Third Steep – 30 seconds
Very sweet and floral but more perfumed and dry. Yet still clean tasting.

Fourth Steep – 40 seconds
Very perfumed and florally thick but also more grassy. Heavy perfume after taste.

Fifth Steep – 60 seconds
Still perfumed and geranium like but remains pure and sweet.

Sixth Steep – 90 seconds
It’s still think and carrying on it’s flavour very well. It’s still thick yet with no astringency and the geranium is still fresh and sweet.

Seventh Steep – 120 seconds
Softer than the previous steeps but still very floral and clean.

Eighth Steep – 180 seconds
Very soft and back to the strength of the first steep. Buttery and sweet once more.

It tasted like spring water with flowers inside rather than a tea and it was very refreshing yet flavourful. I had high hopes and it raised the bar to be possibly the best Li Shan I have tried. It had little dryness despite being heavily perfumed and it left a beautiful after taste, I feel like I’ve breathed in spring!

195 °F / 90 °C 7 g 3 OZ / 85 ML

I hope everything goes well for you tomorrow! Glad you have some nice tea to comfort you. Sending good thoughts!


I hope all goes well tomorrow, too. And hey—the idea of anyone poking around our nether-regions is anxiety-inducing. Hopefully it’s over quickly.


Positive thoughts for a positive outcome. And you get to be anxious – I don’t think that’s anyone’s idea of a good time.


You’re very wise to be evaluated and to keep all follow-up appointments given your maternal family history. Hopefully, your father’s side of the family reduces your risk. We’ll be praying for a good outcome.


Thank you everyone! I can happily report that everything is over and done with now and my results will be in two weeks, though she said from her point of view everything looked healthy. As an added treat my new gaiwan tea set arrived and I love it. Will use it in a bit when I’m up to it.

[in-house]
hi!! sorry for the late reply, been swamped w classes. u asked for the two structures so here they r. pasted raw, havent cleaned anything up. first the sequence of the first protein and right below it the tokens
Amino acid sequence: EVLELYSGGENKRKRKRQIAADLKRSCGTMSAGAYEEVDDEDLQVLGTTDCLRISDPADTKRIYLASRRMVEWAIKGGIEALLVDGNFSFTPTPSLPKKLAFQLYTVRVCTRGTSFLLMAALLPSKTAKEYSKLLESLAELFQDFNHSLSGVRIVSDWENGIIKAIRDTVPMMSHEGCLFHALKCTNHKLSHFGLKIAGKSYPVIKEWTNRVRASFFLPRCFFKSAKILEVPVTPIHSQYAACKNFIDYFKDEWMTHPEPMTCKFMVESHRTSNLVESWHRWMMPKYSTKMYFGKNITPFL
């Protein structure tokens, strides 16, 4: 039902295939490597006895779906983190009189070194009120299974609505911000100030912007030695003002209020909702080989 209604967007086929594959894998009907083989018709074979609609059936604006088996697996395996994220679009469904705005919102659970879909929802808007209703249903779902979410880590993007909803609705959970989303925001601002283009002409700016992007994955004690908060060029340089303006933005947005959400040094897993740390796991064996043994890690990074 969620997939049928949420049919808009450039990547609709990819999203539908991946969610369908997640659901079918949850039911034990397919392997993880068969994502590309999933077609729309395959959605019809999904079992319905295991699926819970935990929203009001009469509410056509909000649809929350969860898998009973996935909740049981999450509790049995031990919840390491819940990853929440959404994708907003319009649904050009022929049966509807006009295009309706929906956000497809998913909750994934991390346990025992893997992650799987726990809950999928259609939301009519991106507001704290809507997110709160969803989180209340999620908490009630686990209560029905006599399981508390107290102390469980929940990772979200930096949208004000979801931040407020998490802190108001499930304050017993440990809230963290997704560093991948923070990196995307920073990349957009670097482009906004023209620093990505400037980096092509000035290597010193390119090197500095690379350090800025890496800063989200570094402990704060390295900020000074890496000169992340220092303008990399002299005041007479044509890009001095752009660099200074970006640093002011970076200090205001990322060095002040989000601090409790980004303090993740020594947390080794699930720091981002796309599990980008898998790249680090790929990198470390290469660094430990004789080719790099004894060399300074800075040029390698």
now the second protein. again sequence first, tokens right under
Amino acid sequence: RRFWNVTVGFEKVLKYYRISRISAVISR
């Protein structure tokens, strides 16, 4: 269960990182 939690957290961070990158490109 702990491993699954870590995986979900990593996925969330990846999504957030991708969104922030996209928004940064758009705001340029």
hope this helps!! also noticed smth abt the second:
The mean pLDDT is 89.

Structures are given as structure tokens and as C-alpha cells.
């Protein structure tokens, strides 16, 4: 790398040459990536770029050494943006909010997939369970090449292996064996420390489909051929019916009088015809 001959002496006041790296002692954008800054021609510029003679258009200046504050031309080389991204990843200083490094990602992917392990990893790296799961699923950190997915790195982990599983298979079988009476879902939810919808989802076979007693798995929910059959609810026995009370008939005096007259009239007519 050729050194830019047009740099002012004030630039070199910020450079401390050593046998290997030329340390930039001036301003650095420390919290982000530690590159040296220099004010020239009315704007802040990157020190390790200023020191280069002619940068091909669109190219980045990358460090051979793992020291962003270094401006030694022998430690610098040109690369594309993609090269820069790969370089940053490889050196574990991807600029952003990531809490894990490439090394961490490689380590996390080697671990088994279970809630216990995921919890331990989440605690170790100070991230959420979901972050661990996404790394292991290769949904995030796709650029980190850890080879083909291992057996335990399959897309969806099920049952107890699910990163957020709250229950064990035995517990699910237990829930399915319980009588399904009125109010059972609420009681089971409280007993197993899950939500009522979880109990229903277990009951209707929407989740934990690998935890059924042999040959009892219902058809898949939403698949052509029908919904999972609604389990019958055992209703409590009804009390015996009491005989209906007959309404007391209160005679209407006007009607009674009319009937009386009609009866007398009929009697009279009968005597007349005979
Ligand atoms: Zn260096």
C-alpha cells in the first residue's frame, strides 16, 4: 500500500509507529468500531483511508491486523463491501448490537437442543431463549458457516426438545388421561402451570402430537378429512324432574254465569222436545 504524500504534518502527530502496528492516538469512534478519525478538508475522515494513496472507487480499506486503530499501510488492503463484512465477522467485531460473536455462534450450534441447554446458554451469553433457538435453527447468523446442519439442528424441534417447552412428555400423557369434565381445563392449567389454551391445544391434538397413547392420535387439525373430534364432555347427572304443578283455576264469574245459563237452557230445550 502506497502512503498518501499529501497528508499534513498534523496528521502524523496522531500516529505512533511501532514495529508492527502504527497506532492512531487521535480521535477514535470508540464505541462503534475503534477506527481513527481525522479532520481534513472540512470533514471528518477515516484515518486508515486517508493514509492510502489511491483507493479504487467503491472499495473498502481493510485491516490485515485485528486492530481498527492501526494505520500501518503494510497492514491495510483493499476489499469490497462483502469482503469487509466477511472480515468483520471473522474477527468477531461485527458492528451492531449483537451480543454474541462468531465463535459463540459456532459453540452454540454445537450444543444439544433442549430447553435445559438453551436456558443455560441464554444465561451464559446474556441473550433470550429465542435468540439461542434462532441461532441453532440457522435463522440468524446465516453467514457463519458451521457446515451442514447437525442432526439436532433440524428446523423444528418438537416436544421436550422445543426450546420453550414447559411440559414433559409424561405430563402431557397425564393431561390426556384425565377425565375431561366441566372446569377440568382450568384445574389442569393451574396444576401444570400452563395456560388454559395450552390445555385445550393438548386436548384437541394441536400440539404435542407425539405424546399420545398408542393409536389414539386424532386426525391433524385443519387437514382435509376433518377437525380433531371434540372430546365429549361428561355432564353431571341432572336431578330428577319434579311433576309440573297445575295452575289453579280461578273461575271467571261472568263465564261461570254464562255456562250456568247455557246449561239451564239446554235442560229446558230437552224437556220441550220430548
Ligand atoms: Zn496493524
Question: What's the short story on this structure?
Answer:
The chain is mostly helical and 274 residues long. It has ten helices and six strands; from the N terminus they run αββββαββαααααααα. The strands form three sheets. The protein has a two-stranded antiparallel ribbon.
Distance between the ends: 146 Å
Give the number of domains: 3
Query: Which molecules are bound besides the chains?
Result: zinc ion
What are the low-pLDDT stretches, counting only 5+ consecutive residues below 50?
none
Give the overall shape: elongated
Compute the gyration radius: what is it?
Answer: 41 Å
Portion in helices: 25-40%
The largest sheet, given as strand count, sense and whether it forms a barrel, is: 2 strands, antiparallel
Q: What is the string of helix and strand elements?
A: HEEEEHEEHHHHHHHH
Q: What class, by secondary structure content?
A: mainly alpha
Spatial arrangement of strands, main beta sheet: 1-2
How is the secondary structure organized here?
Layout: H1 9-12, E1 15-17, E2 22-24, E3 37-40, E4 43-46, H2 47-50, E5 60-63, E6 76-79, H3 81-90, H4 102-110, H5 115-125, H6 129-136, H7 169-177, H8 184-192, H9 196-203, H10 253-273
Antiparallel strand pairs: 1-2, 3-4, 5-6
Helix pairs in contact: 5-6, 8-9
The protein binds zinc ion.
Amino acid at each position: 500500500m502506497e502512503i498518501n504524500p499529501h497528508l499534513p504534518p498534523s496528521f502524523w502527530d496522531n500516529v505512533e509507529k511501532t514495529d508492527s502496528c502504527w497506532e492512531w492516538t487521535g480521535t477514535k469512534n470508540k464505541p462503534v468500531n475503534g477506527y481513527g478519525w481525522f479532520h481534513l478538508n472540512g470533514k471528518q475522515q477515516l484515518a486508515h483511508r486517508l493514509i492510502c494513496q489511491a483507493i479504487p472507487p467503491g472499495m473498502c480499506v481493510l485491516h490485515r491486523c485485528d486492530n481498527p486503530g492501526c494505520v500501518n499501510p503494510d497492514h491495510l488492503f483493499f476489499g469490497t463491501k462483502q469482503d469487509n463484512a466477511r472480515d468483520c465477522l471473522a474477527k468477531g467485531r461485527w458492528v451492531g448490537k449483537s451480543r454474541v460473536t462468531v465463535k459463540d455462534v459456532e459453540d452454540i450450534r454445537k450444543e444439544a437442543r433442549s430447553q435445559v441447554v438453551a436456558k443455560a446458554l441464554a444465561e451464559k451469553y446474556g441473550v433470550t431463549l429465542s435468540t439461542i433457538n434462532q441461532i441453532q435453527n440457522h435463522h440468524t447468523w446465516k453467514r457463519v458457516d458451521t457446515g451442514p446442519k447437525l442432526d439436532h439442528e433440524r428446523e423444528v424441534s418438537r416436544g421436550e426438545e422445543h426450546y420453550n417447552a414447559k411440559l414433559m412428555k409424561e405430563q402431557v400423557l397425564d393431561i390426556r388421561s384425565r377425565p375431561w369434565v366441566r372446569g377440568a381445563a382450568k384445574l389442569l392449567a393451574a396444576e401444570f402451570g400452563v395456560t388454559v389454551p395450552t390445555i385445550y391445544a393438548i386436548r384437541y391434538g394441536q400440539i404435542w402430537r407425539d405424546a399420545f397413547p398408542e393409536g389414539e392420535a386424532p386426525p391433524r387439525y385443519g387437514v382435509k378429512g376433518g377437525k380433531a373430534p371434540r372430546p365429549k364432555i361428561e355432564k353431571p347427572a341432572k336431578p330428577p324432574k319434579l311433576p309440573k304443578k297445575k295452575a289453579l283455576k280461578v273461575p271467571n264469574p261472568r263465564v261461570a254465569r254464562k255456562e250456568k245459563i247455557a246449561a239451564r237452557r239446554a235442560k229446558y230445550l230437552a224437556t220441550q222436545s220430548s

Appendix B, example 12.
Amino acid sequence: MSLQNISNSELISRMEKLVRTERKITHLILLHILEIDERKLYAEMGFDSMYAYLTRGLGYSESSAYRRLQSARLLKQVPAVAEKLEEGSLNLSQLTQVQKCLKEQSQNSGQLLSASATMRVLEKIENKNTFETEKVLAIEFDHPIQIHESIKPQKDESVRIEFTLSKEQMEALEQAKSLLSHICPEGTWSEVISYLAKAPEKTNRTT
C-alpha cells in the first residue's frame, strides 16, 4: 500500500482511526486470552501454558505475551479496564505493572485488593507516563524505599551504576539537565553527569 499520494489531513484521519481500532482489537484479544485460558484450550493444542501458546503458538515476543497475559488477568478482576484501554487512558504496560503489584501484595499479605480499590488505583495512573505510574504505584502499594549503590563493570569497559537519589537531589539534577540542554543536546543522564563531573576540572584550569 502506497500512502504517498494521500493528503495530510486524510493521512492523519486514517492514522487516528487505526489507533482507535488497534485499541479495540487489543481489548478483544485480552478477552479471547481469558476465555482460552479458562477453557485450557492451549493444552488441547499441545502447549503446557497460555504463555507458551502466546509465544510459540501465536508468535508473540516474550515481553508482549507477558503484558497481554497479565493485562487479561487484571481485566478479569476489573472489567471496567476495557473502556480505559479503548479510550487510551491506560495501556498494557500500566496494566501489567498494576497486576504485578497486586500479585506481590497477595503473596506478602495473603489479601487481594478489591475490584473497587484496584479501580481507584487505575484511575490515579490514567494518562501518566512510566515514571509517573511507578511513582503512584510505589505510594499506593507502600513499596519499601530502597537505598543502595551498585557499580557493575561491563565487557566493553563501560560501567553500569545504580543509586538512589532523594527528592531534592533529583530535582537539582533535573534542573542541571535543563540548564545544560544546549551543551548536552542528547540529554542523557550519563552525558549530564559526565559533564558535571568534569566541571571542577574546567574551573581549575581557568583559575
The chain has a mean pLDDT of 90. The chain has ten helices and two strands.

Excellent! You should reward yourself for having done what’s medically prudent to maintain your long-term health. Perhaps dinner out or a very special tea in your new beautiful gongfu tea set?


I may stick to the tea for tonight as tomorrow night I’m having a meal and some drinks as part of a hen party (which I don’t want to go to but have no option to back out). I’ve been on my Oolong recently so I may find space for some more to open and sample as my treat :)


You should definitely treat yourself!

I typically have black tea for breakfast. However, I’m running low on black teas samples. How are oolong, green & white teas for breakfast?


Green teas are rather good to have in the morning, Japanese greens in particular have a strange effect on me and I end up skipping all day and being happy. I think the idea is to have green teas highly concentrated in the morning so that the impact of caffeine is larger for the extra boost. Oolong and whites I find too relaxing in the morning but they would work well on weekends or days off. I tend to mostly go by what I feel like that morning, sometimes my first cup isn’t until lunch time.


Pap smear tests are offered to all women between 20-something and 50-something every few years here. It’s a preventative routine screening.


Yet it’s surprising how many women ‘forget’ to go all because of a little embarrassment. I know about it well as cervical and ovarian cancer run in my family.